Beneath the scene are inscribed the words:-

GUBERN.GEN GREATUS AN.MDCCXL.

EX IN PROVISO IN PATRIUM DELATUS

MDCCXLL

DENVO PROFICIS CENS IN

INDIAM. MDCCXLII

The figure of the lion behind the throne holding the sheaf of arrows and the sword with the laurel wreath, grasped by the crowned female, are elements found within the Coat of Arms of Batavia, designed by Jeronimus Becx in 1651, also within the Rijksmuseum collection.  The Rijksmuseum also have an allegorical painting of the Amsterdam Chamber of the VOC by Nicolaas Verkolje c. 1702 within their collection and the composition has similarities with this plaque.

Firstly, both have a harbour scene in the background; secondly, the lion figure appears within a decorative shield attached to the column base to the left side of the dais in the painting and stands behind the throne in the plaque.  Thirdly, the insignia of the Amsterdam Chamber of the VOC adorns the throne in the painting and the VOC insignia adorns the bodice of the crowned woman on the plaque. 

Fourthly, the most striking similarities are between the female figures representing the VOC. In Verkolje’s painting and in Holtzhey’s plaque, both figures are seated on a throne placed on a raised dais, both wear a crown and both figures are holding similar objects; a sword with a laurel wreath and a scroll, although the objects have changed hands in Hotzhey’s.  The positioning of their feet is also remarkably similar.  In the painting, the figure has her right foot resting upon a turtle and in the plaque, her right foot rests upon a harpy.  There are also similarities in the style of their high-waisted gowns.

The diameter of the box is 7.5 cms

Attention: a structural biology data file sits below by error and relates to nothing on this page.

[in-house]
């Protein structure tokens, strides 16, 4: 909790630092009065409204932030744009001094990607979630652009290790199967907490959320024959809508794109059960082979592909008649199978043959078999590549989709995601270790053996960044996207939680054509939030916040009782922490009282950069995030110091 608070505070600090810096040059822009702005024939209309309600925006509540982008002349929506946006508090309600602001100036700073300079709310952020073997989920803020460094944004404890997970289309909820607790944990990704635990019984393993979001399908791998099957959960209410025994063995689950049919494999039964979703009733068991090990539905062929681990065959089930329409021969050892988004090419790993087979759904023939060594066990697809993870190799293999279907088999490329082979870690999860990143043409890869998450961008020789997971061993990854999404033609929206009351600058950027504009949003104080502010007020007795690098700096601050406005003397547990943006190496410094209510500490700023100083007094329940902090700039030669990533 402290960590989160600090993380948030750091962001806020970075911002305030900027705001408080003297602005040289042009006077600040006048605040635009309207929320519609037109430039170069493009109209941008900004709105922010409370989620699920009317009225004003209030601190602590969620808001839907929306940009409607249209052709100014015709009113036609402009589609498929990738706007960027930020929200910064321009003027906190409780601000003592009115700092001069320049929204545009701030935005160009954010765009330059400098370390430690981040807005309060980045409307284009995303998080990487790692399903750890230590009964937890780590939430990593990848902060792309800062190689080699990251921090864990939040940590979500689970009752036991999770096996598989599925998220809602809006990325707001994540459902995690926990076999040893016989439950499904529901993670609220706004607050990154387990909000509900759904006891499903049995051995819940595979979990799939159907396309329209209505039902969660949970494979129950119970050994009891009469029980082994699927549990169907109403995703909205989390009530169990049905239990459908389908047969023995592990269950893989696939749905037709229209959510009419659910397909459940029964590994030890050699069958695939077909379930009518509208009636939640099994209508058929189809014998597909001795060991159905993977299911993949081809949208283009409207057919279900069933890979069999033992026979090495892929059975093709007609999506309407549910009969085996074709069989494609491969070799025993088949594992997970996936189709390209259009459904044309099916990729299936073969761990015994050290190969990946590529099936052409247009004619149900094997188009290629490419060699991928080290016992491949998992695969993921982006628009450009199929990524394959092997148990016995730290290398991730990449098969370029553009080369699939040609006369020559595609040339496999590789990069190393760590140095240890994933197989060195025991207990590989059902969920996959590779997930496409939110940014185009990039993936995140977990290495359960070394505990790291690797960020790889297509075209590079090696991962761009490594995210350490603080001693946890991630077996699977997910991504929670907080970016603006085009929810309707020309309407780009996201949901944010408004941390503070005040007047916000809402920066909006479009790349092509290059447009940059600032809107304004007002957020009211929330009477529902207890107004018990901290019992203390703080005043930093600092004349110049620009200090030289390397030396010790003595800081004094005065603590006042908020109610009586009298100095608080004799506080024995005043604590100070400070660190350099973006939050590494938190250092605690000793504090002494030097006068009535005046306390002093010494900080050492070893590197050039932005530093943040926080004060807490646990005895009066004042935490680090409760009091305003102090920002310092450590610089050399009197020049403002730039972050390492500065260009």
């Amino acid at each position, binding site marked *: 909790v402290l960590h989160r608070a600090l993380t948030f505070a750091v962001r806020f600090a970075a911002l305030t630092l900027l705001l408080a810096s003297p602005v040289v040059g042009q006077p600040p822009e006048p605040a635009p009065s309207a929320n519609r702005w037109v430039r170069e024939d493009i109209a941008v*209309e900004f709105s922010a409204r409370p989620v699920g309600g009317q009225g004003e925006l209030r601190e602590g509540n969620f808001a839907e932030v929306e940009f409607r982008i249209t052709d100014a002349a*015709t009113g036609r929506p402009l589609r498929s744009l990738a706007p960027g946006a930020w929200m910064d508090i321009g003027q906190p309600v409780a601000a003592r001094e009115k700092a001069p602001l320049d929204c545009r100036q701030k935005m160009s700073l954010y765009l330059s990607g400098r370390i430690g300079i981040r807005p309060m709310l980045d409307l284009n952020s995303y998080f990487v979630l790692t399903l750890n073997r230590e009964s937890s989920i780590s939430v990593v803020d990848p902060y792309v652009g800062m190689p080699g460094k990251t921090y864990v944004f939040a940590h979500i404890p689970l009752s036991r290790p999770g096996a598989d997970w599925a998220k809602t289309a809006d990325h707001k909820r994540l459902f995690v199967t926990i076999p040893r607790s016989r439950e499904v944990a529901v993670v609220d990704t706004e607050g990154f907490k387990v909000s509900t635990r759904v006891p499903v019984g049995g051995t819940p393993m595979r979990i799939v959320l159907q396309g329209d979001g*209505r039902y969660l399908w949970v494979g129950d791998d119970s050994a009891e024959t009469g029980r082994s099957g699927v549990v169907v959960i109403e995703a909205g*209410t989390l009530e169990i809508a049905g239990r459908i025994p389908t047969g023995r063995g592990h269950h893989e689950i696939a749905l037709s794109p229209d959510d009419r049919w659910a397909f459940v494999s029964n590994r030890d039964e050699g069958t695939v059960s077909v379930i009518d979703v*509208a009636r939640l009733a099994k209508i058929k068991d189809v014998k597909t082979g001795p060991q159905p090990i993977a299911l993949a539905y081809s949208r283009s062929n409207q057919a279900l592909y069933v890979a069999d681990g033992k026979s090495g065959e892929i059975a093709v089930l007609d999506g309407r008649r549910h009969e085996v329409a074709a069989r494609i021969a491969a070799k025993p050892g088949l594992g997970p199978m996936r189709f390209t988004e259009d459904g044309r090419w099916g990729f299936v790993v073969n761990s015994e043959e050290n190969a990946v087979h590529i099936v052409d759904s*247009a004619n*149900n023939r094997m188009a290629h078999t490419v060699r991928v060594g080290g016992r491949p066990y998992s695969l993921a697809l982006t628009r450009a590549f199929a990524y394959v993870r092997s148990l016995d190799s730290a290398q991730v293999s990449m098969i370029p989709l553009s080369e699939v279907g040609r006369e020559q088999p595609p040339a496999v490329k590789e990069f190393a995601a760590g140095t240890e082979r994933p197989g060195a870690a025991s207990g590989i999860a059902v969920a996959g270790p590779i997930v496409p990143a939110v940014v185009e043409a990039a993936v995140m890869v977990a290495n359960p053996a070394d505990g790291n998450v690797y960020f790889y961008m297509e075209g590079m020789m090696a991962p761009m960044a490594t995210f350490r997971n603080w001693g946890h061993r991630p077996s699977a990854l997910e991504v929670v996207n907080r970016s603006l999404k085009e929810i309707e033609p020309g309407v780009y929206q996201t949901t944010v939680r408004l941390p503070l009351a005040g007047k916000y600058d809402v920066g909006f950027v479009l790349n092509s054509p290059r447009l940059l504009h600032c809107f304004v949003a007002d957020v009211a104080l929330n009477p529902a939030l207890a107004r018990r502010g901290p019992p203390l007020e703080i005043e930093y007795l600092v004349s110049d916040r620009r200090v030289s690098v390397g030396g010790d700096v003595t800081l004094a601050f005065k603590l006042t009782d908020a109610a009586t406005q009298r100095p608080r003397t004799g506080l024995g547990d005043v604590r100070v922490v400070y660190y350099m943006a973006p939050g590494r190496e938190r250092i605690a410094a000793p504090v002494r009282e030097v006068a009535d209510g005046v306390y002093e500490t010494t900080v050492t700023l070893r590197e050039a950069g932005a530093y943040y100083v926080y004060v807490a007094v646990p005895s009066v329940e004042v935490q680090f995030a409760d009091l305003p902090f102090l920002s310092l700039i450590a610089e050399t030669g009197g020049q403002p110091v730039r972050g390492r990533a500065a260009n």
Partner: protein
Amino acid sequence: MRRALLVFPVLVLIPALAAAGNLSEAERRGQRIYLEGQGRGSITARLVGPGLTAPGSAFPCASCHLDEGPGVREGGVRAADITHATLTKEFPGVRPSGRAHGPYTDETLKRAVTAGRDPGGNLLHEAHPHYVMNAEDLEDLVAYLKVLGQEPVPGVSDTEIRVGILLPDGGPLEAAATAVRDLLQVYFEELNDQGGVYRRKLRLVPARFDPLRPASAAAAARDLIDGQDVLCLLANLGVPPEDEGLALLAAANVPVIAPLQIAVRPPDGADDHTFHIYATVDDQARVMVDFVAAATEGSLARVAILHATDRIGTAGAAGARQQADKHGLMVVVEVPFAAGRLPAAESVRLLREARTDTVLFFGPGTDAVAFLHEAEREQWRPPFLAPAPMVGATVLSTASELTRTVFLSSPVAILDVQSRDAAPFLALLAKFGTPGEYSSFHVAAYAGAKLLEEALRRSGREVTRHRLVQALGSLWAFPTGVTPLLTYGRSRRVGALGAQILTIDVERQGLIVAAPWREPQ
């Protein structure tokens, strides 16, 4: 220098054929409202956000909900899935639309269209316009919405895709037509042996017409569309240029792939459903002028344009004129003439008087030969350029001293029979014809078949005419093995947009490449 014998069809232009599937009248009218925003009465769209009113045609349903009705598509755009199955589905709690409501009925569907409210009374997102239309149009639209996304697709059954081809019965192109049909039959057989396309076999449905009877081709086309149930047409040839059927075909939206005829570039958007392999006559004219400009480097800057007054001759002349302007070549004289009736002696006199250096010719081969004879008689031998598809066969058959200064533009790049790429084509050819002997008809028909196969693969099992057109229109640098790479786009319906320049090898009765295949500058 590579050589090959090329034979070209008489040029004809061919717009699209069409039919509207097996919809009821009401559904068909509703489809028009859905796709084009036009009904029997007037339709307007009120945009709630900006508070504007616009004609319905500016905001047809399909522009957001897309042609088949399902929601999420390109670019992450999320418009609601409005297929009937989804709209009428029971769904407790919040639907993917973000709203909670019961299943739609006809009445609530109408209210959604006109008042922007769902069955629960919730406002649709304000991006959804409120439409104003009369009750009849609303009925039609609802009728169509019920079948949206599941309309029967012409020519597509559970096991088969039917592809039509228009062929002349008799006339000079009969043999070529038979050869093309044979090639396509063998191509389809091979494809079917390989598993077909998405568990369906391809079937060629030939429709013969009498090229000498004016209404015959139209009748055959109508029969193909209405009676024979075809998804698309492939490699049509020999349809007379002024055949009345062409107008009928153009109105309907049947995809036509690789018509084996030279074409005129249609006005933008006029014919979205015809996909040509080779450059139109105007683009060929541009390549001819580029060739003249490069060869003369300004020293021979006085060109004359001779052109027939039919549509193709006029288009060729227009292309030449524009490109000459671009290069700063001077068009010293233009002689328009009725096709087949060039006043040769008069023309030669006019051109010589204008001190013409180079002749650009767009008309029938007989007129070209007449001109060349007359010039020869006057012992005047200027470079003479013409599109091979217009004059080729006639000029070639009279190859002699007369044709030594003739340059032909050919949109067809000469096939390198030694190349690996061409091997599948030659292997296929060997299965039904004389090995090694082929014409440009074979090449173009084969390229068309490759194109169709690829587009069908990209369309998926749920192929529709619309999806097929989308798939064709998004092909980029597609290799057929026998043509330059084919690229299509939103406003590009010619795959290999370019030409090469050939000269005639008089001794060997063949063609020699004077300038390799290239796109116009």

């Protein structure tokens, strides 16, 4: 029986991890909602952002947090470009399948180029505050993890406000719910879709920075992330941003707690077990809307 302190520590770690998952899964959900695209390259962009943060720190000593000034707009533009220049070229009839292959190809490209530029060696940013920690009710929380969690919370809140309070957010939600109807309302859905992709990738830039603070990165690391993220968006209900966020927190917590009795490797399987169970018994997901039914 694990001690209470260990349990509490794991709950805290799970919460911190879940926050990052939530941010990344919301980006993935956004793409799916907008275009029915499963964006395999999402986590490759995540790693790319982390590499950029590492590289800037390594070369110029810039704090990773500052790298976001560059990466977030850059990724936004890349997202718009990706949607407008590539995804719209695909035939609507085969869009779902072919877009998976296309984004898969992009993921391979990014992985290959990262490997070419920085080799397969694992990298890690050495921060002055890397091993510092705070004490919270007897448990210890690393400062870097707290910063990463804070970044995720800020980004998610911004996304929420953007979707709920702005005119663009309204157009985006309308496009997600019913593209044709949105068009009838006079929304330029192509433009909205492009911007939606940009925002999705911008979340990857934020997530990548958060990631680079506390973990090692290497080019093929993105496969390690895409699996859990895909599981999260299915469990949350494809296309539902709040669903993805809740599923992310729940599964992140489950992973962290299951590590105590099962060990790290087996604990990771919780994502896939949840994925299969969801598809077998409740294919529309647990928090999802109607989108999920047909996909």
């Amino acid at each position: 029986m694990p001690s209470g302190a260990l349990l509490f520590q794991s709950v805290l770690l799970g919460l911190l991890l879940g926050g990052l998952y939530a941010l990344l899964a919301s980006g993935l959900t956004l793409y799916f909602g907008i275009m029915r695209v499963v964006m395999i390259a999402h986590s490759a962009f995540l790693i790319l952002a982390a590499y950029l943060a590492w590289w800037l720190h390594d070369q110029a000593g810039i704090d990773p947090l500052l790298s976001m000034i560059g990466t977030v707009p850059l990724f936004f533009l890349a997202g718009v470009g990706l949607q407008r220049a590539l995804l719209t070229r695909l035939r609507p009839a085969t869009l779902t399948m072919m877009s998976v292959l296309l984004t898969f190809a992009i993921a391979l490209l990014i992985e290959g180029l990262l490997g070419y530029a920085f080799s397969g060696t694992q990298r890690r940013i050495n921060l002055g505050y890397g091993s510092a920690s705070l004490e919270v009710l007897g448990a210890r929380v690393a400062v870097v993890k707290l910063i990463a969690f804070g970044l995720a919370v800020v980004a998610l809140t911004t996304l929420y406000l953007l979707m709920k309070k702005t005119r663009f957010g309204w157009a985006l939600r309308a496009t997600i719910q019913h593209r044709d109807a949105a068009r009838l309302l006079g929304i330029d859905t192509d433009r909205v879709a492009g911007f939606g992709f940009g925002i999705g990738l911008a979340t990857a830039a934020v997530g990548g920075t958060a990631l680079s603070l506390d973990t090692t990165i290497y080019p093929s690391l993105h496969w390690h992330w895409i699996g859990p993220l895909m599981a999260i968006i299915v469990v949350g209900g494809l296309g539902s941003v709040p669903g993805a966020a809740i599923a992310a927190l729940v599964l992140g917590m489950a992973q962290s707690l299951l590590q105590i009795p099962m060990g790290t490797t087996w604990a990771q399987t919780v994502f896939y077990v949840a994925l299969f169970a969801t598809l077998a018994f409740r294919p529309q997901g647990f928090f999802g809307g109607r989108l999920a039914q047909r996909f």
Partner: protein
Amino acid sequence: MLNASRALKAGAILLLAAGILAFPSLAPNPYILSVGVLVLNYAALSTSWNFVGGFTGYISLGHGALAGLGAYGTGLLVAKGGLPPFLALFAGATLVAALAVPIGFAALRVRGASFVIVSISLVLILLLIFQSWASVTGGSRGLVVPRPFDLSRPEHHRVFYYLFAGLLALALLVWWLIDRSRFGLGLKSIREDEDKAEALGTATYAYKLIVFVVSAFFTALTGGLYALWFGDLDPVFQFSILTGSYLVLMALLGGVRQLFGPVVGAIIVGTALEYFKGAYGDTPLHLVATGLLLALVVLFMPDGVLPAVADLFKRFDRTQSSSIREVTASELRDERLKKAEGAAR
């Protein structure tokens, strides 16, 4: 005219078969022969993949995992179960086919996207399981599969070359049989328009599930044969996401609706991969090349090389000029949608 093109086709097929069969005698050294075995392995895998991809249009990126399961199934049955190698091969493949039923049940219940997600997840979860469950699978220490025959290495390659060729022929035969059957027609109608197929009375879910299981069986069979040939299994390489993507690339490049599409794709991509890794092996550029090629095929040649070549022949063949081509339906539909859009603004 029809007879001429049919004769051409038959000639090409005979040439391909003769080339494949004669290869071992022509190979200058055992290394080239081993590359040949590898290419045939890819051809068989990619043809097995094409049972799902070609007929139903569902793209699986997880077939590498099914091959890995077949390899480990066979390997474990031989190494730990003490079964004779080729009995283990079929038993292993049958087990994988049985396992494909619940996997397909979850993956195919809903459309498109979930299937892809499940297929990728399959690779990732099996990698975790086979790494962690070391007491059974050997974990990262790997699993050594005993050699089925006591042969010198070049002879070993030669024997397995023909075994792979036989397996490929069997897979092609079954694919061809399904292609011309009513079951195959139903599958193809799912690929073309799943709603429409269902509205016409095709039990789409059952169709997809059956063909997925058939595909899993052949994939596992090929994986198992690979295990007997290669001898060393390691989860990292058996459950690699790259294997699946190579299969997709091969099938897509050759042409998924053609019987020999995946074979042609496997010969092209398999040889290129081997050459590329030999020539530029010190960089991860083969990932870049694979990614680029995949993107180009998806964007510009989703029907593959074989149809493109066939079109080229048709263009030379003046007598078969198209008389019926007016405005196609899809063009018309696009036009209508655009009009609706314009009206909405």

The box is in excellent original condition with only the slightest signs of careful use.

The mother of pearl plaques are in exceptional condition with no discernible damage. 

References

Jean Gelman Taylor, The Social World of Batavia:  European and Eurasian in Dutch Asia 1983

The Asiatic Annual Register, 1803

The Dutch East India Company’s shipping between the Netherlands and Asia 1595 – 1795, Details of voyage 3256.1 from Texel to Batavia

W V R Baldwin Collection of the Medals of Southern Africa

Rijksmuseum, object no. SK-A-4643, Coat of Arms of Batavia, Jeronimus Becx (II), 1651

Rijksmuseum, object no. SK-A-4290, Amsterdam Chamber of the VOC, Nicolaas Verkolje c. 1702

Rijksmuseum, object no. NG-VG-1-2331, silver medal by Martinus Holtzhey, Amsterdam 1742, and an ivory medal, object no. NG-VG-20-179

Beschrijving van Nederlandsche Historie-Penningen ten vervolge op het werk van Gerard van Loon, Hendrik Willem Couwenberg, J.F. Lange, J.F. Plugger, R. van der Meulen, H.W. Couwenberg, Dirk Jurriaan Sluyter, cat.nos, 169, 170, 178

Rijksmuseum, object no. RP-P-OB-83.809 A printed pamphlet by Jacob van der Schley, after Holtzhey, Amsterdam 1742